Bangladesh unlikely to extend FireEye contract for heist probeReprints
(Reuters) — Bangladesh's central bank is unlikely to extend the contract of U.S. cyber security firm FireEye to investigate the electronic theft of $81 million of its money, sources at the bank said on Wednesday, citing high costs as one of the factors.
The move comes as law enforcement in Bangladesh and the United States have reported little progress in identifying the criminals more than four months after one of the biggest cyber heists to date.
FireEye's Mandiant forensics division was hired by Bangladesh Bank weeks after the cyber heist in early February. It said in an interim report that hackers took control of the bank's network, stole credentials for sending messages on the SWIFT transactions system and used "sophisticated" malicious software to attack the computers the bank uses to process and authorize transactions.
Mandiant has said it needs 570 hours of more work to complete its investigations, a director on the board of Bangladesh Bank told Reuters. The bank has already paid about $280,000 to the company at an hourly rate of $400, he and other officials said on condition of anonymity.
Another official familiar with the computer security systems at the bank said it did not want to extend Mandiant's contract because board members were not sure what tangible results could come from further investigation.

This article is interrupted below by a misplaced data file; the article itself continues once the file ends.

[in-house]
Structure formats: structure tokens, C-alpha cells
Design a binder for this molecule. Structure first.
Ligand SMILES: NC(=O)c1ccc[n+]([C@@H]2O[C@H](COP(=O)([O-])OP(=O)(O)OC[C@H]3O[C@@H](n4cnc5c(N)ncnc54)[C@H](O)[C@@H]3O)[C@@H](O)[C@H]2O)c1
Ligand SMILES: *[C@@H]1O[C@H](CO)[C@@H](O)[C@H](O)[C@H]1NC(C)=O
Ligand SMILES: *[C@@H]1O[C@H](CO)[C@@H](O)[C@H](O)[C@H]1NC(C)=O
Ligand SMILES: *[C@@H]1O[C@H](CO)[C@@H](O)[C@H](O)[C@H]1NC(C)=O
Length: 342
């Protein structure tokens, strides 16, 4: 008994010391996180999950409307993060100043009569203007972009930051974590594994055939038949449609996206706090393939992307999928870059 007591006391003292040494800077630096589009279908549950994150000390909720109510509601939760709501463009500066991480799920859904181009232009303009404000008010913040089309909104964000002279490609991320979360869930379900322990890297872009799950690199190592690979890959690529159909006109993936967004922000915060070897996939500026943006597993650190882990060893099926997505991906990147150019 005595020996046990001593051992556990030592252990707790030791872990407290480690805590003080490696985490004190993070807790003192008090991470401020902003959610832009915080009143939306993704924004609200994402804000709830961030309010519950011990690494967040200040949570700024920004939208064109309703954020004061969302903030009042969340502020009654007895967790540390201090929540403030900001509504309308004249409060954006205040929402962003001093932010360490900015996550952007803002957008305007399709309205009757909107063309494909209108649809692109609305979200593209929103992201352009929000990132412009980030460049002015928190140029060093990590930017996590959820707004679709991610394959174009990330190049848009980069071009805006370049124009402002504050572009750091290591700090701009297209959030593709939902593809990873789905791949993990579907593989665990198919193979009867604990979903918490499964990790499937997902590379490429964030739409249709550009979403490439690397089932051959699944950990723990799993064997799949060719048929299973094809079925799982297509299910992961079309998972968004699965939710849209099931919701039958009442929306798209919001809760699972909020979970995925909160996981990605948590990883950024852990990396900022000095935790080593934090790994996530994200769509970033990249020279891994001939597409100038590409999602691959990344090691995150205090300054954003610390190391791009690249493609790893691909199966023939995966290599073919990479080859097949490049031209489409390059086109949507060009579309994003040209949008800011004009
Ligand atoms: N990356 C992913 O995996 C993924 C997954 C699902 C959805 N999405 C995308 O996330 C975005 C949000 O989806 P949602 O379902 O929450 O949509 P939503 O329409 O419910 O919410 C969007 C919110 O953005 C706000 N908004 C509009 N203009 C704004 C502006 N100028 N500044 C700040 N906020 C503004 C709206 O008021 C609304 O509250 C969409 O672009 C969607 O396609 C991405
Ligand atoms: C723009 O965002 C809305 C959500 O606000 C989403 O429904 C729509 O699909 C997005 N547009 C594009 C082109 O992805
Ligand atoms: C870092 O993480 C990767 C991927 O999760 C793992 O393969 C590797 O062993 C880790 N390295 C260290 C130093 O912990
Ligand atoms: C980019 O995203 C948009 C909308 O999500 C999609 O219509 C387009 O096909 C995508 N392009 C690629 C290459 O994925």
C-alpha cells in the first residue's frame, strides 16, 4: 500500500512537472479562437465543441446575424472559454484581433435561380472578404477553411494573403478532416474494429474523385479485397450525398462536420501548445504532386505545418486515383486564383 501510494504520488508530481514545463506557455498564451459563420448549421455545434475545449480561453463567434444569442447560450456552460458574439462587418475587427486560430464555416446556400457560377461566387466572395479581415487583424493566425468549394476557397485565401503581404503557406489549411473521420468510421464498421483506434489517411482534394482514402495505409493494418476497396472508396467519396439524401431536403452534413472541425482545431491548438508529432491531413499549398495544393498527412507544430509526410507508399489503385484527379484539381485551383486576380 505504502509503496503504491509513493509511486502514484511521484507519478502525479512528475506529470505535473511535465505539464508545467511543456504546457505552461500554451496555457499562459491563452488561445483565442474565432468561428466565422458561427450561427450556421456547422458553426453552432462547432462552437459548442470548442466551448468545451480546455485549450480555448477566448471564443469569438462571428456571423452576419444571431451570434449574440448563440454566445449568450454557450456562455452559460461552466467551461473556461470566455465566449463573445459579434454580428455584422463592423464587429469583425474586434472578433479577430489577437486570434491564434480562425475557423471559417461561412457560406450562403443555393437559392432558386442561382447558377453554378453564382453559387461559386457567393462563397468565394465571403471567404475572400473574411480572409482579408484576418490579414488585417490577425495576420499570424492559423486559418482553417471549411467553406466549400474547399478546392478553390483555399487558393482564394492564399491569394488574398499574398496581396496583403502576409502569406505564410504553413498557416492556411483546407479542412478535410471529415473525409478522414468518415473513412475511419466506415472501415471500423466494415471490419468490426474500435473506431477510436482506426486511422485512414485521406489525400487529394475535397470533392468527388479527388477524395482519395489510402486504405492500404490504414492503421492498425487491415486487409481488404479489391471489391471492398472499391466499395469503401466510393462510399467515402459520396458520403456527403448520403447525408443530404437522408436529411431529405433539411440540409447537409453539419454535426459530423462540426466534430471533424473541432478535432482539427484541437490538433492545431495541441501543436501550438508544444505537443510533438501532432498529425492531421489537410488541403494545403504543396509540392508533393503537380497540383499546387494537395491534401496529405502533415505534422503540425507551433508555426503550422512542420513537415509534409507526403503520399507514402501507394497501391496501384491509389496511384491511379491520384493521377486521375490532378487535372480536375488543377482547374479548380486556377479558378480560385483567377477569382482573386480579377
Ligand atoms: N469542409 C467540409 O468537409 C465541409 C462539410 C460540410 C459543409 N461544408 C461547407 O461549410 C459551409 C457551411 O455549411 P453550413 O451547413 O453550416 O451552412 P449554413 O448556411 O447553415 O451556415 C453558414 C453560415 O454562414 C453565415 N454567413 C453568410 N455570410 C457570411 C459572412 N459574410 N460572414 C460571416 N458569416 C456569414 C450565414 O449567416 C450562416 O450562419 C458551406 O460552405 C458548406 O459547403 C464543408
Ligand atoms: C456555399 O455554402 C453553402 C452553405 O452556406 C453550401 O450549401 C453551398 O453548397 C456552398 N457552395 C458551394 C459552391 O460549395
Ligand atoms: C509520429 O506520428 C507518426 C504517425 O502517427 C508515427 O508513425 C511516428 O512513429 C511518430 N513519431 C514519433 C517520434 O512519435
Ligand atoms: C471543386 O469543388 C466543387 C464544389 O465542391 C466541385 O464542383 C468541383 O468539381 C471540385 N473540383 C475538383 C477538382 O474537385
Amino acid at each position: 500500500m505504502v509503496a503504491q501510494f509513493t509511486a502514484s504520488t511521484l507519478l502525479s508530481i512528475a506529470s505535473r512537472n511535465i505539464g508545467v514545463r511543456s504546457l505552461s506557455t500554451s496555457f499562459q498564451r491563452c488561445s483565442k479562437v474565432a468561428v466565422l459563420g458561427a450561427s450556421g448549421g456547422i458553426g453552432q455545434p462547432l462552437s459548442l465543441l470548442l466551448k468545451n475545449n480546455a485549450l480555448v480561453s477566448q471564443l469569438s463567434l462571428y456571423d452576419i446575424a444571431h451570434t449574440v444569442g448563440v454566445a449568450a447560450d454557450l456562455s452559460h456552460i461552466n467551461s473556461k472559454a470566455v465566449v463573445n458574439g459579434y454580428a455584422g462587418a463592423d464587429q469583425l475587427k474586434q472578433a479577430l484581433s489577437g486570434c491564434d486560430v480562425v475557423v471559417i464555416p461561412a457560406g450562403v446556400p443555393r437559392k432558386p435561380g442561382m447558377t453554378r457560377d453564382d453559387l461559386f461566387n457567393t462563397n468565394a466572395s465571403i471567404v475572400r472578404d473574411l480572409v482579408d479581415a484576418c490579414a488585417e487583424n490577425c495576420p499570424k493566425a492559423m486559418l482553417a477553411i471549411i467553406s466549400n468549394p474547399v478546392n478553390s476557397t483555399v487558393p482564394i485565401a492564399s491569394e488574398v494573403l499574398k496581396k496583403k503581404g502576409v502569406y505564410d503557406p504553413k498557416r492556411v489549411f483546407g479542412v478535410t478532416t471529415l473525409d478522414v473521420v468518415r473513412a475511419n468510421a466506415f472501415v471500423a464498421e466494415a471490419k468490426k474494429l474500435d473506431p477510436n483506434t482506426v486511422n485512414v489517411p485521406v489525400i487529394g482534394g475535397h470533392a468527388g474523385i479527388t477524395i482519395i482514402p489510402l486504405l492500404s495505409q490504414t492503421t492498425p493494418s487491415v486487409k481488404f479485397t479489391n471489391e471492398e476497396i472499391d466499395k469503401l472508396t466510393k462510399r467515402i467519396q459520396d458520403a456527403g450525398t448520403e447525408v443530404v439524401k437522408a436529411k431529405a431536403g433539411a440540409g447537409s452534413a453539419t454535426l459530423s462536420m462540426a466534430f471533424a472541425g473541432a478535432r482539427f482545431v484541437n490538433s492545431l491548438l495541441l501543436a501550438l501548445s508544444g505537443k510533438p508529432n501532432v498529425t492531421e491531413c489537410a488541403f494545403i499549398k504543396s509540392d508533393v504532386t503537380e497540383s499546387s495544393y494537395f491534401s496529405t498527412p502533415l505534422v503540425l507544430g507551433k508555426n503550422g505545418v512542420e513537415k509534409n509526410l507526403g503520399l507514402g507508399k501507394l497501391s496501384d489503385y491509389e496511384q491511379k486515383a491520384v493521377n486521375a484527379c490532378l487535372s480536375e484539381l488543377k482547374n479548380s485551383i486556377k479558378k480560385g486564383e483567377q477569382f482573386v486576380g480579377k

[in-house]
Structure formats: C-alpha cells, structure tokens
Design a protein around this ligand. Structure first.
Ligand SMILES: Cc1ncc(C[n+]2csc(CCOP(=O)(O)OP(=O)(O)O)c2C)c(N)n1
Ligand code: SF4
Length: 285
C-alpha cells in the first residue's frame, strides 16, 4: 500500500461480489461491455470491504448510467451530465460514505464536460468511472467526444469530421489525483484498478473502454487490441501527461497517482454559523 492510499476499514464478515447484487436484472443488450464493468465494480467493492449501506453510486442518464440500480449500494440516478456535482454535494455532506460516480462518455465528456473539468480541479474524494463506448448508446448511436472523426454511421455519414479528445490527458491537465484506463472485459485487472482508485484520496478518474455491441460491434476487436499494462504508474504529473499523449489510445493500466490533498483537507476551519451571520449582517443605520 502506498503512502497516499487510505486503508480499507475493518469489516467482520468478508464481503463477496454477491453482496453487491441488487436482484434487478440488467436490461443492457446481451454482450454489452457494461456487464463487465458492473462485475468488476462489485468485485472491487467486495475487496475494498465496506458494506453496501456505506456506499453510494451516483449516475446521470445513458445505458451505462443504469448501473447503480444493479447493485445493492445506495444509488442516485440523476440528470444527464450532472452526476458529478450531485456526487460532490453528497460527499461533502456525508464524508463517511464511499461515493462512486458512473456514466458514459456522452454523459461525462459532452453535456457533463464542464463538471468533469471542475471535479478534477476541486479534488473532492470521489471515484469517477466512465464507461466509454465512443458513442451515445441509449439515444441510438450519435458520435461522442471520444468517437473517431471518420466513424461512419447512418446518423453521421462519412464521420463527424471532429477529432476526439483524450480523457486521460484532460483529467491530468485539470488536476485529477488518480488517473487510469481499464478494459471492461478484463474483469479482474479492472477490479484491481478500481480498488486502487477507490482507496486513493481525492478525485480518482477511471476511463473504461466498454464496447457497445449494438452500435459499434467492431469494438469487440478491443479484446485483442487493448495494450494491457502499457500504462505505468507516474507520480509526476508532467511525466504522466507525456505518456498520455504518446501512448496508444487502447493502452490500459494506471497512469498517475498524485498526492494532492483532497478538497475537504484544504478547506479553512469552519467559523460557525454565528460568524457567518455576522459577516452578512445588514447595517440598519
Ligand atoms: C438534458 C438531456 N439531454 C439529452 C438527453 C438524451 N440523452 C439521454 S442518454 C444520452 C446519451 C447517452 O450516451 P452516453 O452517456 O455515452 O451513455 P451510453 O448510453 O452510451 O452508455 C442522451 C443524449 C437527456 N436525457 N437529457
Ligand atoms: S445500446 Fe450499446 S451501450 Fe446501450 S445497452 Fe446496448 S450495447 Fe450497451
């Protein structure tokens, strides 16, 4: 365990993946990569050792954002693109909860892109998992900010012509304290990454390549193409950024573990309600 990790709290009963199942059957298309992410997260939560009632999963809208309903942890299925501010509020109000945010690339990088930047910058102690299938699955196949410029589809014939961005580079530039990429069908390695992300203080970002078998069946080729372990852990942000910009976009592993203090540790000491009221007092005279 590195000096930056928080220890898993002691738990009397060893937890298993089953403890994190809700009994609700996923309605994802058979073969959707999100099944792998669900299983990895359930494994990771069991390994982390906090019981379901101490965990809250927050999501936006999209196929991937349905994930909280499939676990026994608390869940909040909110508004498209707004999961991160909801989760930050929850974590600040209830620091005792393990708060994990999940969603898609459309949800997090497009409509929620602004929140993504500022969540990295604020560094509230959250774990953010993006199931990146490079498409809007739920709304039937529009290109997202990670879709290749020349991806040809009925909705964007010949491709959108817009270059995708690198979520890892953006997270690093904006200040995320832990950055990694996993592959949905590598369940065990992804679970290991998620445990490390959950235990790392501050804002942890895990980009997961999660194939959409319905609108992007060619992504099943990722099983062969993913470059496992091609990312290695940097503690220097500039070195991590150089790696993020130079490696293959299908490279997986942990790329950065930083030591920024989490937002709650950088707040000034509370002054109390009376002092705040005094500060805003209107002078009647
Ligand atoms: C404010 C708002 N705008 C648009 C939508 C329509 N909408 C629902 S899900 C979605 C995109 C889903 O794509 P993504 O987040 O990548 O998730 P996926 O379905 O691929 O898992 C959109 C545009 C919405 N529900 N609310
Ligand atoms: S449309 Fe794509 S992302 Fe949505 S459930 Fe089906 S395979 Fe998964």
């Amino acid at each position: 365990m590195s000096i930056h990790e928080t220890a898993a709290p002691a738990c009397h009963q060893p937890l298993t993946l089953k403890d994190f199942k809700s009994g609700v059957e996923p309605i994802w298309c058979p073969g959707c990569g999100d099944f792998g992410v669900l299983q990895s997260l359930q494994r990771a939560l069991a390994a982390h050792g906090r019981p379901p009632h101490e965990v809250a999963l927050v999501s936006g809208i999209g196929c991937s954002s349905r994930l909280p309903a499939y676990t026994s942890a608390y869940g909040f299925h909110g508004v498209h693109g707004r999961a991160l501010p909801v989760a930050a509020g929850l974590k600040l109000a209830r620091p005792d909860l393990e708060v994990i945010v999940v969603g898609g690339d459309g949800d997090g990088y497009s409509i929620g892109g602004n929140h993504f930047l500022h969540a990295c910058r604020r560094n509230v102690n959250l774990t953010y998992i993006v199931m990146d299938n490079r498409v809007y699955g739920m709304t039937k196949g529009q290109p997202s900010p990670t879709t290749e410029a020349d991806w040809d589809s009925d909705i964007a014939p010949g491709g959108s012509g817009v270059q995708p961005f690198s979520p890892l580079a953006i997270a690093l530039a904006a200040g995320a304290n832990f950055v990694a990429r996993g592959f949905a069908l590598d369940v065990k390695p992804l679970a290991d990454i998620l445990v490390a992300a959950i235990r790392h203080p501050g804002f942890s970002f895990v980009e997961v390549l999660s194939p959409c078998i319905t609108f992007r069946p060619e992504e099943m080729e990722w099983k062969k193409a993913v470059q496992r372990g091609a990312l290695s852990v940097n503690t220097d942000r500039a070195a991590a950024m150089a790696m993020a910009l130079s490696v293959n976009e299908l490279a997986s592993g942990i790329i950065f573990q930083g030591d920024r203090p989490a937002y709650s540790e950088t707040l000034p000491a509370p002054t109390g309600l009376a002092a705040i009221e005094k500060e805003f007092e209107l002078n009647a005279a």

FireEye said in a statement that it would seek to help with the investigation even after completing its assignment for Bangladesh Bank.
"We have uncovered and provided Bangladesh Bank and the global financial community extensive data about this unprecedented financial attack and how to prepare for the future, and will continue to support law enforcement and the industry past the close of our engagement," the statement said.
The bank director said Bangladesh Bank planned to seek external help in the investigation, but only after drawing up new terms of reference on the basis of its own internal investigation, a police inquiry and a government-appointed probe.
Cost was a factor in the Mandiant decision, the director said.
"Its charges are so high," the director said, adding a formal meeting of the board on Thursday was scheduled to formally end the contract.
FireEye said that the $400 per hour figure cited by the Bangladesh Bank officials was not a standard rate for its services.
"The pricing and duration of our investigative work is unique to every incident," the statement said.
A third bank official said the initial purpose of hiring Mandiant had been achieved: identifying and addressing lapses in the bank's computer security.
At Thursday's board meeting, terms for a possible new contract for an external investigator will be finalized, the bank director said. It wasn't clear if FireEye would be invited to bid.